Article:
According to Human Rights Watch, honour killings are acts of violence, often resulting in murder, committed by male family members against female family members. The involvement of women in planning such murders is also very common. These acts are carried out when women are believed to have brought shame upon their families.
Such crimes occur when women engage in activities such as conversing with men outside their family, experiencing rape, refusing arranged marriages, leaving abusive husbands, or adopting a more Western lifestyle. These actions are deemed highly shameful and disgraceful, leading some to believe that the women involved deserve nothing less than death.
Honour killing represents a deadly and criminal form of violence mostly against women and often men, perpetuated under the guise of preserving honour and societal values. Tragically, these women often lack legal protection, resulting in an alarming increase in the number of honour killings. It is also seen that women show no resistance to such acts and in fact many even praise it as they consider it the best solution for such problems.
Addressing the issue of honour killings in Gilgit Baltistan necessitates tackling these sociocultural barriers. Comprehensive education programmes promoting gender equality, human rights, and critical thinking play a crucial role in this regard. Additionally, raising awareness about alternative conflict resolution methods, providing support to victims, and implementing stringent legal measures can contribute to reducing honour killings and fostering a more inclusive and equitable society
Gilgit Baltistan, a region known for its unique geography and natural beauty, also carries a dark reputation for crimes against women in certain remote areas. Among these areas, the districts of Diamer, Ghizer and Nagar face particularly high rates of honour-based crimes. The Human Rights Commission of Pakistan’s Gilgit office reported a significant increase in honour-based crimes, receiving reports of 60 such incidents from January to November 2015.
From 2016 to 2022, approximately 344 females in Gilgit Baltistan have suffered due to honour killings. Unfortunately, many cases go unreported in the media, leaving a significant portion of these crimes hidden from public knowledge. Districts such as Nagar, Diamer and Ghizer witness 60 percent of the reported cases.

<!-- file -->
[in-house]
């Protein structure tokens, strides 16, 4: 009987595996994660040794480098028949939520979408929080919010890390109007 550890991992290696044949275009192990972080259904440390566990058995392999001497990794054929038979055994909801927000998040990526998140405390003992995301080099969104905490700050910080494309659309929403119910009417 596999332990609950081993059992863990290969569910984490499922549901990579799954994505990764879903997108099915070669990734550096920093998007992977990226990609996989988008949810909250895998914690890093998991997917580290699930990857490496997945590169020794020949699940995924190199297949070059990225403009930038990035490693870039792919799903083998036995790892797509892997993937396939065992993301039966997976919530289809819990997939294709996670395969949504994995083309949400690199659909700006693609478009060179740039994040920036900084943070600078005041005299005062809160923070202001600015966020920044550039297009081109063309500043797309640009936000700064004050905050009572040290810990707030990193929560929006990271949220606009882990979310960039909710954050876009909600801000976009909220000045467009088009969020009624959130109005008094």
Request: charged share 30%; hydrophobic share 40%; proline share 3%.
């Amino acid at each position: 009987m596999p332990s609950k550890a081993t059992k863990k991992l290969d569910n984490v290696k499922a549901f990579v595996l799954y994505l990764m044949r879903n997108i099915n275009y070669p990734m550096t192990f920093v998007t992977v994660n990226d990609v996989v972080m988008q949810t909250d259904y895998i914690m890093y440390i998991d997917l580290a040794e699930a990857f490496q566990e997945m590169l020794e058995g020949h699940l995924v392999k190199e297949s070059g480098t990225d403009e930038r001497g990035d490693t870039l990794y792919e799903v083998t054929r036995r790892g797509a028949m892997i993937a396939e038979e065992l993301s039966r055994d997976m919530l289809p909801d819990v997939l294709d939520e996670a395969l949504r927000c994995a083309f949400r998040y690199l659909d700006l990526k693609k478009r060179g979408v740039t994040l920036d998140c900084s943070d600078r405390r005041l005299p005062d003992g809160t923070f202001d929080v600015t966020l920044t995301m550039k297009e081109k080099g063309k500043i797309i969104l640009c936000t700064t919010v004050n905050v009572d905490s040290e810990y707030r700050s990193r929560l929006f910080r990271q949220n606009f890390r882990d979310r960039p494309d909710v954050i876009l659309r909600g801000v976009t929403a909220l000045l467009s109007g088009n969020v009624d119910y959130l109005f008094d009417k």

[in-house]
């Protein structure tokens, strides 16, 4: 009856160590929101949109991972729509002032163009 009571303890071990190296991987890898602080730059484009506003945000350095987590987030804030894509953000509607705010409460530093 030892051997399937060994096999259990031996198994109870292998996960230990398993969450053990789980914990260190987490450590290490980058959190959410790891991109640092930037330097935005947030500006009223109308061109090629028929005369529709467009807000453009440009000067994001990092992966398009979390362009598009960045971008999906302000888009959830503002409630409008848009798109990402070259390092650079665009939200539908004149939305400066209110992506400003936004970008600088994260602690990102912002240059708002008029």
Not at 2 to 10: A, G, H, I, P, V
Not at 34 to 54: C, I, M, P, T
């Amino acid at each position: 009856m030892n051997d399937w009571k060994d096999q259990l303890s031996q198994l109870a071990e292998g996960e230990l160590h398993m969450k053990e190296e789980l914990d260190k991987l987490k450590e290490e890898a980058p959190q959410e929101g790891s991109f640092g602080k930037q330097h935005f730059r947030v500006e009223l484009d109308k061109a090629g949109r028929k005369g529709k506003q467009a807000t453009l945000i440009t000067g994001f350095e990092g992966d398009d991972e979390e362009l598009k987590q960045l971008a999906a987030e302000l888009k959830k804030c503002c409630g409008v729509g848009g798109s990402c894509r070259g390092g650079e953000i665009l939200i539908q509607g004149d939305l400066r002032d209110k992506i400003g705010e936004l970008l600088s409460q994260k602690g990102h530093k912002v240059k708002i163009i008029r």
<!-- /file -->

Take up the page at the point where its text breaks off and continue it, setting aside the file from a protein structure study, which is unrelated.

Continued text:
The ratio between honour killings in Gilgit Baltistan reveals a significant disparity in the suffering experienced by men and women. According to available data, the male percentage of honour killings is 35 percent, while the female percentage is 65. This imbalance clearly illustrates that women are disproportionately affected by honour killings in the region. The ratio difference further highlights the urgent need to address the systemic discrimination and violence faced by women in Gilgit Baltistan.
Several factors contribute to honour killings in Gilgit Baltistan. One major reason is the occurrence of extramarital affairs. In conservative societies, such actions are viewed as a violation of cultural norms and moral values. Engaging in relationships outside of marriage is considered dishonourable and brings shame to the family. In extreme cases, this perceived dishonour may lead to the killing of those involved in order to restore family honour.0
Another contributing factor is the refusal to abide by family decisions. In tightly-knit communities like Gilgit Baltistan, family decisions hold significant importance. When individuals go against their families’ wishes or expectations, it is seen as a defiance of traditional values. In order to preserve family honour and maintain social order, honour killings may be carried out.
Raising a voice against cultural traditions is also a trigger for honour killings. Gilgit Baltistan boasts a unique cultural heritage, and challenging traditional practices can be seen as a direct affront to the community’s values and customs. Individuals who question or speak out against these traditions may face severe consequences, including honour-based violence.
The prevalence of illiteracy and lack of awareness further contribute to honour killings in Gilgit Baltistan. Limited education and awareness regarding human rights, gender equality, and alternative dispute resolution mechanisms hinder progress in eliminating such practices. Illiteracy perpetuates regressive beliefs and reinforces patriarchal structures that underpin honour killings.
In the region of Gilgit Baltistan, the presence of religious sectarian tensions serves as a significant factor in instances of honour killings. Specifically, when individuals from the Shia and Sunni sects respectively form emotional connections and express a desire to unite in marriage, they often encounter a grave risk of being subjected to violence and ultimately killed by their own families. The primary motivation behind these tragic acts is the deep-rooted sectarian discord and animosity prevailing in the region.
However, the primary underlying factor in honour killings in Gilgit Baltistan is the presence of sociocultural barriers. These barriers encompass a range of societal norms, beliefs, and expectations that perpetuate the concept of honour and shame. Strict adherence to cultural traditions, the preservation of family reputation, and the need to conform to social norms create an environment where honour killings are seen as a means to maintain societal order.
Addressing the issue of honour killings in Gilgit Baltistan necessitates tackling these sociocultural barriers. Comprehensive education programmes promoting gender equality, human rights, and critical thinking play a crucial role in this regard. Additionally, raising awareness about alternative conflict resolution methods, providing support to victims, and implementing stringent legal measures can contribute to reducing honour killings and fostering a more inclusive and equitable society.